A few quick examples:

  • Staff Sgt. Kelly Rogne, known as the IED Whisperer, credits his protective sunglasses to saving his vision. An IED was triggered as he kneeled down to inspect it, though he was extremely close, the blast failed to cause more than surface damage. However, the amount of debris - rocks and sand - that was thrown into his face would have more than likely blinded him should he had not been wearing high quality sunglasses.
  • A fire rescue team in New Hampshire were using a chainsaw to cut through the floor of a garage to get to a fire. As they were reducing the concrete, their saw struck something metal in the floor. Shards of unknown metal were thrown into each of their faces. In this case, debris and projectiles that would have/could have damaged their eyesight was blocked ballistic glasses they were wearing.
  • Paul Maalouf of the North Las Vegas SWAT team was serving a high risk warrant when the diversionary device he deployed into a doorway subsequently blew out a nearby window.Hards of razor sharp were exploded from an unexpected direction into his face. One pice of the glass had enough velocity to actually carve a gouge out of one lens of his sunglasses. Thanks to his eye protection, his day ended with only some stitches above his lip. Do you think he is happy to have bought ballistic lenses?

Ballistic Ratings

Products marketed in the US as ‘impact protectors’ must pass specific high-impact testing requirements. Those that meet the requirements are marked as "Z87+ by the American National Standards Institute, or sometimes noted as “ANSI Z87 impact standards.”

STANAG is a similar rating that refers to the standard ballistic rating of gear destined for NATO forces. STANAG 2920 tests are conducted by shooting fragment simulating projectiles into the test specimen at different velocities. Passing the STANGAG 2920 means you meet their standard for impact resistance.

The U.S. military also rates and publishes their own standard, labeled as MIL-PRF-31013. This standard states that eyewear must withstand a 0.15 caliber, 5.8 grain, T37 shaped projectile at a velocity of 660 feet per second.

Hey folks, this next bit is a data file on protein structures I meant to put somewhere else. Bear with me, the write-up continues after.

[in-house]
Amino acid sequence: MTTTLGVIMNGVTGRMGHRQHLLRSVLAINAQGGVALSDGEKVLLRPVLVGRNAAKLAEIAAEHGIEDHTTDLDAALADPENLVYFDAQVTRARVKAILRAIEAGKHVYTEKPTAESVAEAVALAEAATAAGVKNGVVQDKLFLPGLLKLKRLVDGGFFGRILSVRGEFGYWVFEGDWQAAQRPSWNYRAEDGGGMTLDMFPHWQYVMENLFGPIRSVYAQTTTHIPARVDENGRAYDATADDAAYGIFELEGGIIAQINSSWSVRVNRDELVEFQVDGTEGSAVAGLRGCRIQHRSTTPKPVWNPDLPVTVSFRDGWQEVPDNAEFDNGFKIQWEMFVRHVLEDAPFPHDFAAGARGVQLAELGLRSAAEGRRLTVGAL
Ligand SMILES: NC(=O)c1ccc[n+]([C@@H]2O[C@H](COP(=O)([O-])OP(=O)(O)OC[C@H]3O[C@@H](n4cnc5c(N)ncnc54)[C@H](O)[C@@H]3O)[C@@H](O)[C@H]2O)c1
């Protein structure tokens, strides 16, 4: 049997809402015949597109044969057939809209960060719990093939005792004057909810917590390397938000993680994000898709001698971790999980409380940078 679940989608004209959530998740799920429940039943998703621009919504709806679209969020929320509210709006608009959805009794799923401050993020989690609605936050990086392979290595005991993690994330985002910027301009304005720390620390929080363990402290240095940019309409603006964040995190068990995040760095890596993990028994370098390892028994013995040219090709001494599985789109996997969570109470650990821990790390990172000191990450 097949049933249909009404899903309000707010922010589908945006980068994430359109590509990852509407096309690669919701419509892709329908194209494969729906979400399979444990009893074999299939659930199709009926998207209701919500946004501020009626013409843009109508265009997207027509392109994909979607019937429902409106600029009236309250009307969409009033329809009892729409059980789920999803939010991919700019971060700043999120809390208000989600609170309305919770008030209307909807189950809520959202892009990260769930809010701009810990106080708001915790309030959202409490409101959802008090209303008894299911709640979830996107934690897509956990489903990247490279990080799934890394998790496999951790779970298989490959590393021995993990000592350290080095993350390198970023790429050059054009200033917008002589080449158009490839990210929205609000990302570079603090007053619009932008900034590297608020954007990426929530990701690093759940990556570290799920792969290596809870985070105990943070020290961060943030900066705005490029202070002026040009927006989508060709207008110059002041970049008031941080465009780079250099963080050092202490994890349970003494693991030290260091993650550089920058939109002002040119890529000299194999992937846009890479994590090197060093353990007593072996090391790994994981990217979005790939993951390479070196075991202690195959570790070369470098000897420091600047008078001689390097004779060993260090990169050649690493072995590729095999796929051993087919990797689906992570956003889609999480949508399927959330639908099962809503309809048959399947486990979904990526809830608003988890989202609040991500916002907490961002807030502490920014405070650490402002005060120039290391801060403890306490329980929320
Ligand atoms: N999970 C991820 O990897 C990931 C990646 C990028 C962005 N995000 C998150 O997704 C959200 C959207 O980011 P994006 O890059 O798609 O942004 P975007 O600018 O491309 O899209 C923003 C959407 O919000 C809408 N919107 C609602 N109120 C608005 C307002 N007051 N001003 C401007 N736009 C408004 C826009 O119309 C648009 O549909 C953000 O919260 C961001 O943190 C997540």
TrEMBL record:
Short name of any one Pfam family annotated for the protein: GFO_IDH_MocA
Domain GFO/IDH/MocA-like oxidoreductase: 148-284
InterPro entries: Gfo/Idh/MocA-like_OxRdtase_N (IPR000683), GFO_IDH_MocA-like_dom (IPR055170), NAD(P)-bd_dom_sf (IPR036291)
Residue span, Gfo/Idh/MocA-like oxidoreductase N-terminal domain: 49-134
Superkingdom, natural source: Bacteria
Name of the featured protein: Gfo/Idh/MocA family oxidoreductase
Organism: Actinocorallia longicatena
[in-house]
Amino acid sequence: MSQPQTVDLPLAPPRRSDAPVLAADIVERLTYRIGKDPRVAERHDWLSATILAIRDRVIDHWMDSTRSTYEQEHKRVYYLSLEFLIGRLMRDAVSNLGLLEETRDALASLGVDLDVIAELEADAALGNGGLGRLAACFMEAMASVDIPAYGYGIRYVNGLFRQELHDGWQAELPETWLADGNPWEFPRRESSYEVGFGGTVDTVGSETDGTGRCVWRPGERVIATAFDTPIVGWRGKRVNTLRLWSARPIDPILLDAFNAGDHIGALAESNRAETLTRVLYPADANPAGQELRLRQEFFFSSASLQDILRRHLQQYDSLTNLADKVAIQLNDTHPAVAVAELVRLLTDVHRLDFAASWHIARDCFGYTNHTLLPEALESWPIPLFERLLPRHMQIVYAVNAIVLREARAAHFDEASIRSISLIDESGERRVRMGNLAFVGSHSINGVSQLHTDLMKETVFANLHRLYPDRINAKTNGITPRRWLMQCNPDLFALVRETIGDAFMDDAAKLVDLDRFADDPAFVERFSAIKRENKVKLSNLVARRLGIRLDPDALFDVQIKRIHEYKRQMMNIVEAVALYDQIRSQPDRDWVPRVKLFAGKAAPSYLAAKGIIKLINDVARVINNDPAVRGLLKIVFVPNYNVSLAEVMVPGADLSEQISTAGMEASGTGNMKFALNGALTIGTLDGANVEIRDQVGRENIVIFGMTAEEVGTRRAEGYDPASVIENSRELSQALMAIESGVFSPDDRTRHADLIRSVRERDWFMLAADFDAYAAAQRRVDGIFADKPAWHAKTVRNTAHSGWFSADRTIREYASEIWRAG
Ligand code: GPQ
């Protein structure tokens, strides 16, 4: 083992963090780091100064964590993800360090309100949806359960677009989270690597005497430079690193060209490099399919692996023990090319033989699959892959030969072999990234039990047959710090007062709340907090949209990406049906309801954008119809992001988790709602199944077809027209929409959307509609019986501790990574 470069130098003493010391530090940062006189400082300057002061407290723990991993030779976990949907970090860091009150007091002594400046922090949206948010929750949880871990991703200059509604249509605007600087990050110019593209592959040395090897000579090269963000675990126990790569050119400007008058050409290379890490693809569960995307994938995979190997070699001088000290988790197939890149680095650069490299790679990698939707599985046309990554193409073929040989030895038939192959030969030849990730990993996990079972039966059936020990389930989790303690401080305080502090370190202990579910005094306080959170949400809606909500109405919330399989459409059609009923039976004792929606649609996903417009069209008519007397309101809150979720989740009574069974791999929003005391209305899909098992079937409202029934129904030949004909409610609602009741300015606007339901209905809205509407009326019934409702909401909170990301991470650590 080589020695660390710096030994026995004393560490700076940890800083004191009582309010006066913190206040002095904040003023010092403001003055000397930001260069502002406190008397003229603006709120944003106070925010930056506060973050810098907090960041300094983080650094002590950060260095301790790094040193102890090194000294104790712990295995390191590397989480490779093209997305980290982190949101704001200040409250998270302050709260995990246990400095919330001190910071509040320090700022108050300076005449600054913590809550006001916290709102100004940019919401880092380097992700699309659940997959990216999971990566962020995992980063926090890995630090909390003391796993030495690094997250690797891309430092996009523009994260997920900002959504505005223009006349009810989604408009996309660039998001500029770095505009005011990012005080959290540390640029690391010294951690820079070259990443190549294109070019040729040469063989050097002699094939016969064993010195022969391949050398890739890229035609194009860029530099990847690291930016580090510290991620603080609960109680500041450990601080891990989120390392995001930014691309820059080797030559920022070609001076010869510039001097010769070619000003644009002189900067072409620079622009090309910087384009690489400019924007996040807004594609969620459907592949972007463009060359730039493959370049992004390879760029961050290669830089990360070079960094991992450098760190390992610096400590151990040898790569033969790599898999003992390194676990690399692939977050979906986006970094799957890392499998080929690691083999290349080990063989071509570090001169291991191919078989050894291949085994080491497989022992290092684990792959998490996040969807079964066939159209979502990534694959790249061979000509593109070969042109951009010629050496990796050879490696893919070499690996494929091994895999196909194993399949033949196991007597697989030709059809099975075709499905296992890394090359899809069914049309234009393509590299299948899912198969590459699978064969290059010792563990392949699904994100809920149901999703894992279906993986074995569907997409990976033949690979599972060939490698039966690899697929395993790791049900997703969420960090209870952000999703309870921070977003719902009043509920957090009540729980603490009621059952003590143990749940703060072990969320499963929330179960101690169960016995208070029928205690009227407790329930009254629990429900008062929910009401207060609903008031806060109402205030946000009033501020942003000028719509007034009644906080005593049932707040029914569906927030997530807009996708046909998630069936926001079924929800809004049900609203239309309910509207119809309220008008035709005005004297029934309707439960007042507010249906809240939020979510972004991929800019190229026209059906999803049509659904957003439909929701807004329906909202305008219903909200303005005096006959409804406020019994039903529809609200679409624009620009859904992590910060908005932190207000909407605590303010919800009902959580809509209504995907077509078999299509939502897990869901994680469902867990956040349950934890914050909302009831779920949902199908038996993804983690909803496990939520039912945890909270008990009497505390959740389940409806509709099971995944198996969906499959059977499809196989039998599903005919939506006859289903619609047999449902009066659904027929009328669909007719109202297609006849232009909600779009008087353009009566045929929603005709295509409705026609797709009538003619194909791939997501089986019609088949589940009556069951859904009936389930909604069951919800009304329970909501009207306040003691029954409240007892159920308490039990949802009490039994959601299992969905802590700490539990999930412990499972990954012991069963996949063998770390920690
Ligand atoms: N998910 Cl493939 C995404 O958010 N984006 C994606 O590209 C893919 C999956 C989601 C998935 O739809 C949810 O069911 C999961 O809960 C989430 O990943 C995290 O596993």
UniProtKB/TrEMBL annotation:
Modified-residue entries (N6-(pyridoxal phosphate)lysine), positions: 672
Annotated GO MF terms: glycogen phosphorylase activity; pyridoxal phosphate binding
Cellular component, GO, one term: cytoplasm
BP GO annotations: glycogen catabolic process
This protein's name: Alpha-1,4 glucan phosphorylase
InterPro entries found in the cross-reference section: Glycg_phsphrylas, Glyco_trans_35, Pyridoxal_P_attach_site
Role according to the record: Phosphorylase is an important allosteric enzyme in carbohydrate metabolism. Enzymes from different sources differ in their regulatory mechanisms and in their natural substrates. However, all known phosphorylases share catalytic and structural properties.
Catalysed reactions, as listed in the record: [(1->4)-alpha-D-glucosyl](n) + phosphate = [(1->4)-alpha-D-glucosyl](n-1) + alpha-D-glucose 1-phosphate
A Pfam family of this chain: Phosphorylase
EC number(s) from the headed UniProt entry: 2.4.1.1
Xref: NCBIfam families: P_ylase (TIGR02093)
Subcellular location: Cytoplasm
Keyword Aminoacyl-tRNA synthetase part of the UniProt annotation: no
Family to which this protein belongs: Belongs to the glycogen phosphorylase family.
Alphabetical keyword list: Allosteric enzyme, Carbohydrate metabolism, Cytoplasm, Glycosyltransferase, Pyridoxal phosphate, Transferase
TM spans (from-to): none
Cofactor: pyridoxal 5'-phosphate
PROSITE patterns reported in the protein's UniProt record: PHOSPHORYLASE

These ratings matter to you because now you know what to look for when choosing your sunglasses. You need not settle just for the claims made by the manufacturer about how resilient their products are, but you can also compare them against known standards. Most great sunglass brands know this and are very forthcoming with their rating claims. In fact, many exceed the ANSI, STANAG, and U.S. Military ratings. Most of the successfully rated glasses will not only protect from ricochets and shrapnel but can also stop a direct shot from a small caliber round at a suitable distance. Examples of glasses like this might be the Assault Tactical Glasses by Bolle or the Bronx Tactical Glasses by Tifosi have been tested successfully against the equivalent of a .22 bullet!

Here is a listing of some more sunglasses that we carry in our store that have met or exceeded these ratings:

And, of course, there are many others (this list is by no means inclusive and it is ALWAYS expanding). You can find more here

So, you take all this together and it becomes easy to understand that choosing sunglasses for duty use or for everyday carry is a bigger decision than just ‘what looks good on my face’. If you want to choose wisely, you will remember to include ‘which glasses help me see better’ and ‘which glasses give me the right amount of protection’? Oh, and its okay if you like the way they look, too. :)

As you read this, it is my goal that maybe you've learned something you didn't know about choosing sunglasses or at least it made you think about how important your choice of eye protection can be. Since everyone who works in our company is a military or police veteran, we take the subject or protective gear very seriously – we work very hard to ensure that every single one of our eyewear products meets a higher need than just good looks. We sell eye protection!

This is an important topic for the professionals we service and we look forward to working with you – so do not hesitate to call, email, of chat with Nelson & Co today!